Link to a short video clip from Good Morning America
Many working parents are constantly assessing the way they spend their time. Tom Brady, quarterback for the New England Patriots, is no different. He recently told Michael Strahan on Good Morning America that he thinks about the tradeoffs related to many of his decisions. You can view Brady's comments about family starting at 3:14 in this short video.
When our kids were little, every single time my husband announced, "I'm going for a run", our son would ask, "Daddy come back?" We thought this was hilarious; mostly because life was really hectic at the time, and while the thought of not returning when we left the house had never occurred to us, it did contain a certain level of appeal on some days.
Interestingly, I don't remember either child being upset when we left the house or left them somewhere. They just wanted to understand when we'd be back. Maybe we were lucky. Or maybe they reflected our attitudes that outings like daycare, school, and trips were fun. It was probably a combination of luck and attitudes. And while I wish we could take full credit for the ease with which they handled transitions, I realize in hindsight that both kids seemed innately eager to "get out there" and experience the activities we described to them and they read about in books.
Some working parents describe sad scenes when it comes to business travel and daycare. They tell stories that include tears and angst. It has me wondering if the kids might be reflecting their parents' feelings. It's possible that my own kids may have looked forward to having one of us leave on a business trip since it usually meant a change in routine that could be fun; like pancakes for dinner or a little less attention (and more freedom) as the "single parent" left behind struggled to "survive".
Either way, it may be worth asking yourself if your child's tears and fears stem from your own behavior. I don't remember my own dad traveling for work very often, but when he did, it was exciting for all of us. Not only did he return with stories of faraway places, but he brought gifts; tiny bars of soup and teeny weeny bottles of shampoo. At some point in my childhood I vowed to go to college so that I could get a job that allowed me to travel and collect these prizes for myself. I learned early on that business travel is exciting, and if I worked hard, I'd be able to experience it for myself one day.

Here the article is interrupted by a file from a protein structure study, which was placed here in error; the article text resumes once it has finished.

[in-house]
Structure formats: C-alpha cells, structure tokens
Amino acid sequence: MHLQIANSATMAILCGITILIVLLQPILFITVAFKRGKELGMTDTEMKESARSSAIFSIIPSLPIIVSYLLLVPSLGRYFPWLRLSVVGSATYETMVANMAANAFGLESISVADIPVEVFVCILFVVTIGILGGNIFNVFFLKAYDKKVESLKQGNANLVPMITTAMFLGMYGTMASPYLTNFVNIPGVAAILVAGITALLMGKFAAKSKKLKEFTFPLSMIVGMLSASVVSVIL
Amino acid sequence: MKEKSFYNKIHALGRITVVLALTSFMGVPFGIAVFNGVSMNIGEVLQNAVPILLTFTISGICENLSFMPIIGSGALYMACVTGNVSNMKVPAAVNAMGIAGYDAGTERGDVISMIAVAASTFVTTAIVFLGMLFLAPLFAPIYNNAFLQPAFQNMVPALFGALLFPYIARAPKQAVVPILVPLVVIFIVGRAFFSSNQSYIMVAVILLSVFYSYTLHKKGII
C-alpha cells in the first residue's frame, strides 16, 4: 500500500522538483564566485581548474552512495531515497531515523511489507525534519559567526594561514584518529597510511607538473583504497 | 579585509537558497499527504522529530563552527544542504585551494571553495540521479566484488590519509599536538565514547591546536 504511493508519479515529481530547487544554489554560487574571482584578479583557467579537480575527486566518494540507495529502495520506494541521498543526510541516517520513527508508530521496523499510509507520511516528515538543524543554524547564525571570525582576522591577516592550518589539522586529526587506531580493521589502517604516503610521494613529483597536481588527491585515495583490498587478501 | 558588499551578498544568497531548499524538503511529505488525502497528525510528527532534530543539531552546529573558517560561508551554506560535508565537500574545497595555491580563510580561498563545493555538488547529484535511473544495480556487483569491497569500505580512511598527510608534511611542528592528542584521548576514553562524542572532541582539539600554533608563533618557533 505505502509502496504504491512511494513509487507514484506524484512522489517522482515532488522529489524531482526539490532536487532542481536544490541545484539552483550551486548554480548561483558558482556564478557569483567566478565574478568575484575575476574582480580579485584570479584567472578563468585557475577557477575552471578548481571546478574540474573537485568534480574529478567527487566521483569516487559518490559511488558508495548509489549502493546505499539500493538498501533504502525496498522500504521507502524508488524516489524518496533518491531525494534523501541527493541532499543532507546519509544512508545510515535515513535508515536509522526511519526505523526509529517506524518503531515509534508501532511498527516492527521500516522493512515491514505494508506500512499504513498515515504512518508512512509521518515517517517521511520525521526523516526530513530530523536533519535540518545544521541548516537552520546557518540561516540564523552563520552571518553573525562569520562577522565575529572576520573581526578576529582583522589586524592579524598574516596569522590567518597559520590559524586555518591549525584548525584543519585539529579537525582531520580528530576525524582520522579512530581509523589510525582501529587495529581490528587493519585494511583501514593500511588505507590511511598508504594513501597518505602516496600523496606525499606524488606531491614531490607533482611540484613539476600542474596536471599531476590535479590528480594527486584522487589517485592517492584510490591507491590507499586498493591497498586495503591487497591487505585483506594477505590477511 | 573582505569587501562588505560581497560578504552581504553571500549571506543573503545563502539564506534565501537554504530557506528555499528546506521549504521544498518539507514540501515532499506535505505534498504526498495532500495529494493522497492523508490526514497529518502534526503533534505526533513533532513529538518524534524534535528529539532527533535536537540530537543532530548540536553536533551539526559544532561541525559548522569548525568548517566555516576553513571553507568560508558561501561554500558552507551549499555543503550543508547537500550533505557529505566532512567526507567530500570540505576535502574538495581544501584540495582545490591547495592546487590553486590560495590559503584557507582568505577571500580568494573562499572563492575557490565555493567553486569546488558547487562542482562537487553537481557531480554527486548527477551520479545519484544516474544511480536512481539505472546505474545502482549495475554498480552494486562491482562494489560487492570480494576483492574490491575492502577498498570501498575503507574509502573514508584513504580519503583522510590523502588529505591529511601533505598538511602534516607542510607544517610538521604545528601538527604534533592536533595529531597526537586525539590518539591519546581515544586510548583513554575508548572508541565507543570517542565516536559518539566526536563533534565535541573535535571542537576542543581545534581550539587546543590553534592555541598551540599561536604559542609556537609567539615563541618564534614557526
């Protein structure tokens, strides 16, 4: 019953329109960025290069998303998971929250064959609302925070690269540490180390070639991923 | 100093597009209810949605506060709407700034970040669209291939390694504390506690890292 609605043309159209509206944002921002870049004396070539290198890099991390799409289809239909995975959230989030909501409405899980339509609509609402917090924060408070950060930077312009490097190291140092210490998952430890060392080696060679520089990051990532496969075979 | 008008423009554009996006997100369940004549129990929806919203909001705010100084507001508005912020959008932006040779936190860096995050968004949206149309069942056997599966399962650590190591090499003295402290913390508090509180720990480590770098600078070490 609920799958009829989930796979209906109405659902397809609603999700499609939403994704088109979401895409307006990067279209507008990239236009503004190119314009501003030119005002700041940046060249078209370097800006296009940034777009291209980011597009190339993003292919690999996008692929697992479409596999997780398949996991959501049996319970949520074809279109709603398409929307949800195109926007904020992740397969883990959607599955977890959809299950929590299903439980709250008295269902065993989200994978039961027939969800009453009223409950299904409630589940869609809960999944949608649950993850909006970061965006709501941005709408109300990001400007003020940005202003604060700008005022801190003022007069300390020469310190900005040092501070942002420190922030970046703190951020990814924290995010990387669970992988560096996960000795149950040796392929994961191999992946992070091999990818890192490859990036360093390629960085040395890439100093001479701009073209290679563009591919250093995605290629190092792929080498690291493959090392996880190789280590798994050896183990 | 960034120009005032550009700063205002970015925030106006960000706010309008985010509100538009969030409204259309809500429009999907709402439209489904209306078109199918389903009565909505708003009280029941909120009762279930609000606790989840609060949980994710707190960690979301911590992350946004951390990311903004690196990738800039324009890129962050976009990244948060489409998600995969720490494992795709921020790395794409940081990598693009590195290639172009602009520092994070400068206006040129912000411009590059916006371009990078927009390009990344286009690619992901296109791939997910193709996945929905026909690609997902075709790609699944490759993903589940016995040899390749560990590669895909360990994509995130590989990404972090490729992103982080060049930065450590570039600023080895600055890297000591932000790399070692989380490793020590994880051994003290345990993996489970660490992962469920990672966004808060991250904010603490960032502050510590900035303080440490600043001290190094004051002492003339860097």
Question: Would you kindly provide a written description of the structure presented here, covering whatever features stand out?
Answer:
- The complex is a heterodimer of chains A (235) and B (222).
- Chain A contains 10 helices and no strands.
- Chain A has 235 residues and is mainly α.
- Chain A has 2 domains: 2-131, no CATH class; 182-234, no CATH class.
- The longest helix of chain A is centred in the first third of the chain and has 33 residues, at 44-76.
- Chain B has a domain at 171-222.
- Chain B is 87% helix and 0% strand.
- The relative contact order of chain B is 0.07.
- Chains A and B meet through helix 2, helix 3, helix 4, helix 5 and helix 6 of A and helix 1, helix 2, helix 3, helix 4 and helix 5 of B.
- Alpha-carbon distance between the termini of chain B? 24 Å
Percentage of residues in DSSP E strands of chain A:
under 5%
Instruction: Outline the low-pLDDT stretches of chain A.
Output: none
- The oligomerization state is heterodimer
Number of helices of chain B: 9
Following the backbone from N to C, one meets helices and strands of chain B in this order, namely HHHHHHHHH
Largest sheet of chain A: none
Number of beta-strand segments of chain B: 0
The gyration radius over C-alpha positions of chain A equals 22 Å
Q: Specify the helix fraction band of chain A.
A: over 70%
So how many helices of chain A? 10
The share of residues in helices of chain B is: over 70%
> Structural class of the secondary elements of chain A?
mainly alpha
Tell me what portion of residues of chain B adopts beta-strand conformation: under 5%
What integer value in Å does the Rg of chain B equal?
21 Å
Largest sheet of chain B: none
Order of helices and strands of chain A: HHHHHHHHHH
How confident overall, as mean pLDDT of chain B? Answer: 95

Yesterday I heard a parent on the radio explain that she left her career because her employer wouldn't give her the flexibility she needed as a parent. Given that I had the radio on for about 90 seconds, I didn't hear what she said before she made that comment, and I heard very little afterward, but it left me wondering; did her spouse also need to leave his career? And if not, why not? Is it possible that her spouse wasn't helping to provide the flexibility she needed to continue her career? Or maybe she didn't want to truly share parental responsibilities with him.
Sometimes it seems like people are looking for reasons to avoid pursuing a career instead of ways to make it work.
If you sincerely want to pursue a career and parenthood, you may find the stories we publish helpful.
Inspired by an interview published on Forbes.com
Founder and editor of the web site mater mea (which means "my mother" in Latin), Anthonia Akitunde, was recently featured by Forbes.com. The article, which is based on an interview conducted by Stephanie Newman, highlighted some "hidden joys of working mothers". These joys will be familiar to many working parents.
Here is a sampling of them.
Some parents aren't encouraged to share stories about the joy they get from their work. Thanks for talking about it, Anthonia and Stephanie!
Commentary on a Harvard Business Review article by Kate Weisshar
A recent Harvard Business Review article by Kate Weisshaar reported that parents (both moms and dads) who took time off from their careers to stay home with their children full-time are less likely to be interviewed for open positions than working parents who were laid off from their previous positions and out of work for the same length of time.
The article, which generated some emotionally charged reader comments, makes a case for juggling career and parenting responsibilities, if setting an example for your children via your career is important to you.
Pointer to a TODAY show video
When our kids were little I worried when I had to take long business trips because I feared that it wasn't good for them to have me gone for more than a few days. Now that they're grown, I know that those fears were silly, and I can see that there were many ways that those trips actually made me a better parent.
Those thoughts recently re-surfaced as I watched a short video from NBC's TODAY show recently. It highlighted the anchors' two-week separations from their families, espeically kids, while they were in South Korea covering the Olympics, and it showed their homecomings too.
Working parents whose jobs require them to travel will probably be able to relate to the stories they tell. (And older working parents will be able to relate to the differences between returning to babies and toddlers vs. teenagers :)